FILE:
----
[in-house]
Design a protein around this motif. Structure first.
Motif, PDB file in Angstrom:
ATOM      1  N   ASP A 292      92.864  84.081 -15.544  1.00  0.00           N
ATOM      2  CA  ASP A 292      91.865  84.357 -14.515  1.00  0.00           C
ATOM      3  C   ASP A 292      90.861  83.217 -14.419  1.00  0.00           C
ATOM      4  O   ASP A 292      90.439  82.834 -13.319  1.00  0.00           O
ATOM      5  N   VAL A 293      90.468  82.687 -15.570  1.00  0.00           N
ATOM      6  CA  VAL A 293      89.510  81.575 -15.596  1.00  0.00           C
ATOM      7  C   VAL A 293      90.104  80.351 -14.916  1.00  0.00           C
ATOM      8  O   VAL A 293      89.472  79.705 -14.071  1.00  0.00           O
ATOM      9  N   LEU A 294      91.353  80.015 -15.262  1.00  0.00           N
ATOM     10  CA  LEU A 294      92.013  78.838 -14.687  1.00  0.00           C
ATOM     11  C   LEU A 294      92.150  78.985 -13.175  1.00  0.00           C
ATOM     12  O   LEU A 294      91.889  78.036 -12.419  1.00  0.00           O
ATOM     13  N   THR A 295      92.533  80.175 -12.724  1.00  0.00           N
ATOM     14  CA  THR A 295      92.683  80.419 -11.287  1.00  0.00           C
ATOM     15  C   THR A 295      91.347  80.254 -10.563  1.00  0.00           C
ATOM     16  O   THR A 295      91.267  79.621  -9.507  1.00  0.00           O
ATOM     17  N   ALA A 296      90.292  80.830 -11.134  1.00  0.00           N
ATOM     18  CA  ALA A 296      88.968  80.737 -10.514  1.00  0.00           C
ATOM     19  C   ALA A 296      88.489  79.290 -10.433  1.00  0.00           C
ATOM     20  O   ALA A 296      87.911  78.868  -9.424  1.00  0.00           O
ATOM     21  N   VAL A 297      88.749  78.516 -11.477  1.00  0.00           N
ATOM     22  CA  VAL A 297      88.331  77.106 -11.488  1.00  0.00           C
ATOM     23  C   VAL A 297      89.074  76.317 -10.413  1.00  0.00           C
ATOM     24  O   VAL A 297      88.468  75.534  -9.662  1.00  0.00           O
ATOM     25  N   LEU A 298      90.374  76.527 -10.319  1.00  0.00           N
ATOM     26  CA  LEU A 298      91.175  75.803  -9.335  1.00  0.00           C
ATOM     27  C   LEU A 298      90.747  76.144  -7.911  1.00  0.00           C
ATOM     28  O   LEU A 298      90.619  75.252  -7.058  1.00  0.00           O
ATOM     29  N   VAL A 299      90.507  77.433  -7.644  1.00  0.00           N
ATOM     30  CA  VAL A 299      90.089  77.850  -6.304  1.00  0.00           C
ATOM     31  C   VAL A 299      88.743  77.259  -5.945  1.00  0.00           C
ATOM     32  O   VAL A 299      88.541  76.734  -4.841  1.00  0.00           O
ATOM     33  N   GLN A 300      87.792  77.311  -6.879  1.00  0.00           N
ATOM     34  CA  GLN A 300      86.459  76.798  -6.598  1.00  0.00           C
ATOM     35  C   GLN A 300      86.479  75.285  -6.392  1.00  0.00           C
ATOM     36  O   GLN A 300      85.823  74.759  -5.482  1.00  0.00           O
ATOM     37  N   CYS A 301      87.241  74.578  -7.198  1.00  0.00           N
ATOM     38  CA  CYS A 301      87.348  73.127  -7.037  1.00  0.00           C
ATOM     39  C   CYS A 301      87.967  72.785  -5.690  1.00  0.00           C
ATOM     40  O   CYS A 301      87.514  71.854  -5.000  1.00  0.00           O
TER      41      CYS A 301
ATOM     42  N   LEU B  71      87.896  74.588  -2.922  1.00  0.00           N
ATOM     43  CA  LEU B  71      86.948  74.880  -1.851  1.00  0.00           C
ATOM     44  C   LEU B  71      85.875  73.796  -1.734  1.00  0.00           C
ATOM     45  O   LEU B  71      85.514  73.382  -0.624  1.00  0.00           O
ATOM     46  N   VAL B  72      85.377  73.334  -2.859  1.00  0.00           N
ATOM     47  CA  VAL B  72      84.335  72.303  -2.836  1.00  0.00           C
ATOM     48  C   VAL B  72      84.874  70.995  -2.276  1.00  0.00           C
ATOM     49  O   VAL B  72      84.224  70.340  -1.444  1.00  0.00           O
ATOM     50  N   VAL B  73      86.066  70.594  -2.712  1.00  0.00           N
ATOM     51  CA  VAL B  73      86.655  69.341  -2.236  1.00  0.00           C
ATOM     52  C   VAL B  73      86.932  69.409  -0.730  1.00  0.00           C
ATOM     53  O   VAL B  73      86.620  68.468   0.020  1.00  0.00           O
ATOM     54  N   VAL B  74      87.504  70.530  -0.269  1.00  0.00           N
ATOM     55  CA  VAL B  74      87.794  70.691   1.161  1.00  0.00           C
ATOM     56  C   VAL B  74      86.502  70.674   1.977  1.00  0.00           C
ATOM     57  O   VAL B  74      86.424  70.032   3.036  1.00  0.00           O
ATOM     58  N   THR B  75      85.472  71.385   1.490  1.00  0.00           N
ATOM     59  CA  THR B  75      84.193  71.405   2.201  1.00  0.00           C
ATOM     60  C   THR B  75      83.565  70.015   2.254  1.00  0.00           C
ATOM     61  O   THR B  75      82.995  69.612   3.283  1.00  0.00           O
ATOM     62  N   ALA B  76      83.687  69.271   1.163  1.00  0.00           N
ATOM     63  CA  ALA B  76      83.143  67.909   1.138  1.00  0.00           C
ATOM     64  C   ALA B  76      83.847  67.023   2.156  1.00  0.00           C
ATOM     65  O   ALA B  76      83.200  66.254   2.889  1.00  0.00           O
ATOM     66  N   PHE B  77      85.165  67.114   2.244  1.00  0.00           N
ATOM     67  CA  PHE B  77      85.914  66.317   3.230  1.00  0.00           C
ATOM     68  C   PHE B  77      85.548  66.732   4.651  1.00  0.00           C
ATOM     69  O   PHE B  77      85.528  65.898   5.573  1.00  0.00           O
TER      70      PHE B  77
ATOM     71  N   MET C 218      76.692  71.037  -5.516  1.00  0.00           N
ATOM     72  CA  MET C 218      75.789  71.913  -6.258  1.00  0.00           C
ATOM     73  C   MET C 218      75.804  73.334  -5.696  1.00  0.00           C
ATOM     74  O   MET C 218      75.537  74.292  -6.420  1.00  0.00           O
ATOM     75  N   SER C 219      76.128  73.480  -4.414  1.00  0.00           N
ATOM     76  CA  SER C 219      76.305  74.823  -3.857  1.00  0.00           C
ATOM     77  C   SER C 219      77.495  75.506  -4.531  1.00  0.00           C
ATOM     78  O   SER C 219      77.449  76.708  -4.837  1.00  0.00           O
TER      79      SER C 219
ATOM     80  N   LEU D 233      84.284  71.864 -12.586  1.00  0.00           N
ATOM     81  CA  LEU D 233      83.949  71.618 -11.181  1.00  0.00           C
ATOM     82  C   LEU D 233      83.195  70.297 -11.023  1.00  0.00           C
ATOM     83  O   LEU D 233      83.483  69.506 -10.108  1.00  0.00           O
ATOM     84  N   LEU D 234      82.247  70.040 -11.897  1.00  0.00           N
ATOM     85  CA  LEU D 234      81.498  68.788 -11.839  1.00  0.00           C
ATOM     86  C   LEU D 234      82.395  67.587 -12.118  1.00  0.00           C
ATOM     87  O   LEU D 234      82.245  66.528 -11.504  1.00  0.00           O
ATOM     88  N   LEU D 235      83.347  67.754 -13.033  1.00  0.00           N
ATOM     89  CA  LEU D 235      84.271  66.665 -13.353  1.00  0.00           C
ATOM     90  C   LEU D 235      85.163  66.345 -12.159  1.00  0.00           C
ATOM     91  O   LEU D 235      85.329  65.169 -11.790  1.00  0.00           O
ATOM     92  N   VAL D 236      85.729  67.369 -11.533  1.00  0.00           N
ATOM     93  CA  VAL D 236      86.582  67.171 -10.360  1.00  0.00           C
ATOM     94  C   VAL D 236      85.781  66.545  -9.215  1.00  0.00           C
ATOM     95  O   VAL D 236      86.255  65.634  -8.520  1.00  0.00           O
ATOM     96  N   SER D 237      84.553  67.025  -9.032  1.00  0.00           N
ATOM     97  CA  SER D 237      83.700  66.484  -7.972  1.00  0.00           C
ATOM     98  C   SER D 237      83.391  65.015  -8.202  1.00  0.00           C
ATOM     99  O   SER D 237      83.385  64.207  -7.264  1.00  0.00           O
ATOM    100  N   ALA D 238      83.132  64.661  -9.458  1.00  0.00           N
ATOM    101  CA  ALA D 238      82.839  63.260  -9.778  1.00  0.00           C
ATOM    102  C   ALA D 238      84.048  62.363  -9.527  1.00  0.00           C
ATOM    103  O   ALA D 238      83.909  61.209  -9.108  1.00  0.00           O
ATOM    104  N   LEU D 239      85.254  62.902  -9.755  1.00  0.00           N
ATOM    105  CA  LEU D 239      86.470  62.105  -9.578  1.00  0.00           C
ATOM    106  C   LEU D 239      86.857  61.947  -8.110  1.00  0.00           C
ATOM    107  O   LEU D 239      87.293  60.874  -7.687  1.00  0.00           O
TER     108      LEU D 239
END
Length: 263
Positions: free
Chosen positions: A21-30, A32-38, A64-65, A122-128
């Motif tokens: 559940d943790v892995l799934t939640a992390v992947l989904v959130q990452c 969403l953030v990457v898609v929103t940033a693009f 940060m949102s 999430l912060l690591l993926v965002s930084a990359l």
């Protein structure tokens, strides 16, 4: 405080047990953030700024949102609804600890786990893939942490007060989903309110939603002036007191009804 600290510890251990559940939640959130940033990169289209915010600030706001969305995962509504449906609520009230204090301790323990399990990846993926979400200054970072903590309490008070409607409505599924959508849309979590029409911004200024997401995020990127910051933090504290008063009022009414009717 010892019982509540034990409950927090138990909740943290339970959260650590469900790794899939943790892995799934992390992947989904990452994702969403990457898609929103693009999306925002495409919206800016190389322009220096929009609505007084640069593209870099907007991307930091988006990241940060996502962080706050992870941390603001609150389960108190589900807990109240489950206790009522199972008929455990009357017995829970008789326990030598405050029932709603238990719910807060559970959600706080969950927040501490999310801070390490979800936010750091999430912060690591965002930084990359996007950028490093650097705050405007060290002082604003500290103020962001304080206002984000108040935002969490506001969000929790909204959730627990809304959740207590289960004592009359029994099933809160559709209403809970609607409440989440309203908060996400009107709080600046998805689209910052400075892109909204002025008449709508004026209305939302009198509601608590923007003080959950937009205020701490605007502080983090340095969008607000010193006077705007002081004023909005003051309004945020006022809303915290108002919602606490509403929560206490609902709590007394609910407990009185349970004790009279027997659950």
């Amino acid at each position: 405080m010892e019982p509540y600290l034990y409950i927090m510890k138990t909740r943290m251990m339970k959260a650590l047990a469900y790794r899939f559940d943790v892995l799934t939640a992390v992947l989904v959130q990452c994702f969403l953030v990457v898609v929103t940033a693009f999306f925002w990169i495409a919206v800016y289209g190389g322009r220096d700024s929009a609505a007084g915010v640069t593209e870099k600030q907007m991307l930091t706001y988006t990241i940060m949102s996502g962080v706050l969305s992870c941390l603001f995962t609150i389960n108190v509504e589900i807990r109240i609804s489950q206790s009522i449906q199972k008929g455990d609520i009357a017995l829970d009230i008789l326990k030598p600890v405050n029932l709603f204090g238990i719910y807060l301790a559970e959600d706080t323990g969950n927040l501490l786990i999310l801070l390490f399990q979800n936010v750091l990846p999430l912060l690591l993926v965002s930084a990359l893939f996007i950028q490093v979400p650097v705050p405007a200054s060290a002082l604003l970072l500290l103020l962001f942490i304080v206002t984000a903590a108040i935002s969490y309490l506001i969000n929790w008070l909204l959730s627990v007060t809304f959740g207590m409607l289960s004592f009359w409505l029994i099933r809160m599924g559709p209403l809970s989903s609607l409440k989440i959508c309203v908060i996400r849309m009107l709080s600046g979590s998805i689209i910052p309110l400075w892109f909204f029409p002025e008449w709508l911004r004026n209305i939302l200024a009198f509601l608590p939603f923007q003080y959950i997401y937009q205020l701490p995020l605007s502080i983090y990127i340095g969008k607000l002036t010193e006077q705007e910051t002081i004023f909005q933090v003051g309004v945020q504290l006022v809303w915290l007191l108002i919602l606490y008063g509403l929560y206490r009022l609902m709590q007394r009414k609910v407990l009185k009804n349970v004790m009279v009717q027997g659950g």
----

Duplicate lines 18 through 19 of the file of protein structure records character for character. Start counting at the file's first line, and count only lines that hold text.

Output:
ATOM     15  C   THR A 295      91.347  80.254 -10.563  1.00  0.00           C
ATOM     16  O   THR A 295      91.267  79.621  -9.507  1.00  0.00           O